Finland's youth sector has raised a vehement voice against the ongoing violence in Gaza, particularly highlighting the devastating impact on children and young people. The sector calls for the Finnish government and global leaders to demand an immediate ceasefire and initiate stringent measures for peace efforts.
The ongoing conflict in Gaza has resulted in the tragic loss of over ten thousand lives, many of them children and young people.
The youth sector strongly condemns violence against civilians and civilian infrastructure, labeling such acts as war crimes under international humanitarian law. This condemnation extends to both state actors and armed organizations. Protecting civilians, especially children and young people, in times of crisis is a fundamental obligation under numerous international treaties.
Allianssi, the Finnish national youth council, urges the international community to take immediate action to establish a ceasefire in the region, ensure humanitarian aid reaches the Gazan civilians, and start active peace-building efforts.
The European Youth Forum, an umbrella organization for youth organizations in Europe, had already called in October for the European Union to work towards the release of hostages and a ceasefire. The Gazan civilians should not bear the brunt of the conflict initiated by Hamas.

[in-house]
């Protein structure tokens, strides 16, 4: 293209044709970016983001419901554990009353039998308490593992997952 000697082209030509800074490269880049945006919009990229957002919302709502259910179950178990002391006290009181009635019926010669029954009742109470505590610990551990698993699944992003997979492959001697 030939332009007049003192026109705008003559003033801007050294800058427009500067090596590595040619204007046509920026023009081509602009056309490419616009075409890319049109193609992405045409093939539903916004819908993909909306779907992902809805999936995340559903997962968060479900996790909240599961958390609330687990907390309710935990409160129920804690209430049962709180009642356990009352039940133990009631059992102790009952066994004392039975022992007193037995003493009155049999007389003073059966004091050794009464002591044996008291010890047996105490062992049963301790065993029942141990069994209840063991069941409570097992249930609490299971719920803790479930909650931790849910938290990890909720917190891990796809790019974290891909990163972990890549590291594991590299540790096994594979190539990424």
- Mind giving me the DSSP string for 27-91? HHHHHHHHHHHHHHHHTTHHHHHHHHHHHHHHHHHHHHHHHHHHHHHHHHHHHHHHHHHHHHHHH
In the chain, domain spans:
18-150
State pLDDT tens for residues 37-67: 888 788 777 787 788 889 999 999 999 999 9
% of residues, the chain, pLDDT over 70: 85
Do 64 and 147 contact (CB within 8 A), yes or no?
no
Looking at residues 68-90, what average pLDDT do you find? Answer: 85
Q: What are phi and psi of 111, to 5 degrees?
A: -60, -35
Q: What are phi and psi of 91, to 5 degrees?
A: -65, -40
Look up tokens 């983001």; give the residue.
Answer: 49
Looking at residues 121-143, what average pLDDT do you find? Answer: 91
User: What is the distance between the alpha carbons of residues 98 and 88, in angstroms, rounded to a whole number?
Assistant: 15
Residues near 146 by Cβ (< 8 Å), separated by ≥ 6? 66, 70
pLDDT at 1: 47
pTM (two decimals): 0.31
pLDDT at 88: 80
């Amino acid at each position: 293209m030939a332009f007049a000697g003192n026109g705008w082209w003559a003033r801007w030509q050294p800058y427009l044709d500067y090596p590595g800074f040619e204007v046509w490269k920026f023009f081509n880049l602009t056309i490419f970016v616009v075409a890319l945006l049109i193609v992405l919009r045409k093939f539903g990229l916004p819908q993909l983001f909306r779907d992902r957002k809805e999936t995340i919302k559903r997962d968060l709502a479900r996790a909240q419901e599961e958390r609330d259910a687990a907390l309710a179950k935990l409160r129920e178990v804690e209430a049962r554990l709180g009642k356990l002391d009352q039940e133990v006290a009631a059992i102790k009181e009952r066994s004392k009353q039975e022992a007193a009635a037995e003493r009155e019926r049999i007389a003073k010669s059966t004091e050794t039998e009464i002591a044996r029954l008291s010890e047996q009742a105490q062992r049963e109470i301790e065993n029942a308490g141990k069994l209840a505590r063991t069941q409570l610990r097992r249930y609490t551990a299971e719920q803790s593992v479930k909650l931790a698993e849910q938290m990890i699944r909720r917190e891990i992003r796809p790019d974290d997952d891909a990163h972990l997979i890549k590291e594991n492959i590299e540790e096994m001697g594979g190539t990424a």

The situation in Gaza also indirectly affects youth globally. The youth sector emphasizes that Islamophobia, antisemitism, or racism are never acceptable. Adults, in particular, are urged to take responsibility in discussions about Gaza, focusing on peace rather than hatred.
After achieving a ceasefire, Finland, as part of the international community, should actively promote peace in the region and ensure the engagement of young generations in this process. Committed to the UN Security Council Resolution 2250 on Youth, Peace, and Security, Finland recognizes that lasting peace cannot be achieved without the involvement and support of the youth. This is particularly critical in Gaza, where nearly half of the population is under 18 years old.